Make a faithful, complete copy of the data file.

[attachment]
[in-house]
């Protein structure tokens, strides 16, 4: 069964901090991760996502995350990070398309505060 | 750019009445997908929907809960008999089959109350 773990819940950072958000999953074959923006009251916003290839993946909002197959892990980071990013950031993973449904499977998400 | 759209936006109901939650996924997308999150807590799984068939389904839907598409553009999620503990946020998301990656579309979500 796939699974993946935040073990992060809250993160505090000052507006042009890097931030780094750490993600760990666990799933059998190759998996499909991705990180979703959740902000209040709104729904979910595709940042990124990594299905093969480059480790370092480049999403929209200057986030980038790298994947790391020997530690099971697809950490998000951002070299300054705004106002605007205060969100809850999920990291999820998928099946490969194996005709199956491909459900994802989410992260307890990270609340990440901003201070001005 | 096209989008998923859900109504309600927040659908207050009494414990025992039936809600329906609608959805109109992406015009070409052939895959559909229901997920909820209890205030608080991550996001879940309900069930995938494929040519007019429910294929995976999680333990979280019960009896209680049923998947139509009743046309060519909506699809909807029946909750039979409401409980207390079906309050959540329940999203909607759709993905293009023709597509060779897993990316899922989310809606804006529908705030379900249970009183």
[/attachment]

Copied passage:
[in-house]
């Protein structure tokens, strides 16, 4: 069964901090991760996502995350990070398309505060 | 750019009445997908929907809960008999089959109350 773990819940950072958000999953074959923006009251916003290839993946909002197959892990980071990013950031993973449904499977998400 | 759209936006109901939650996924997308999150807590799984068939389904839907598409553009999620503990946020998301990656579309979500 796939699974993946935040073990992060809250993160505090000052507006042009890097931030780094750490993600760990666990799933059998190759998996499909991705990180979703959740902000209040709104729904979910595709940042990124990594299905093969480059480790370092480049999403929209200057986030980038790298994947790391020997530690099971697809950490998000951002070299300054705004106002605007205060969100809850999920990291999820998928099946490969194996005709199956491909459900994802989410992260307890990270609340990440901003201070001005 | 096209989008998923859900109504309600927040659908207050009494414990025992039936809600329906609608959805109109992406015009070409052939895959559909229901997920909820209890205030608080991550996001879940309900069930995938494929040519007019429910294929995976999680333990979280019960009896209680049923998947139509009743046309060519909506699809909807029946909750039979409401409980207390079906309050959540329940999203909607759709993905293009023709597509060779897993990316899922989310809606804006529908705030379900249970009183």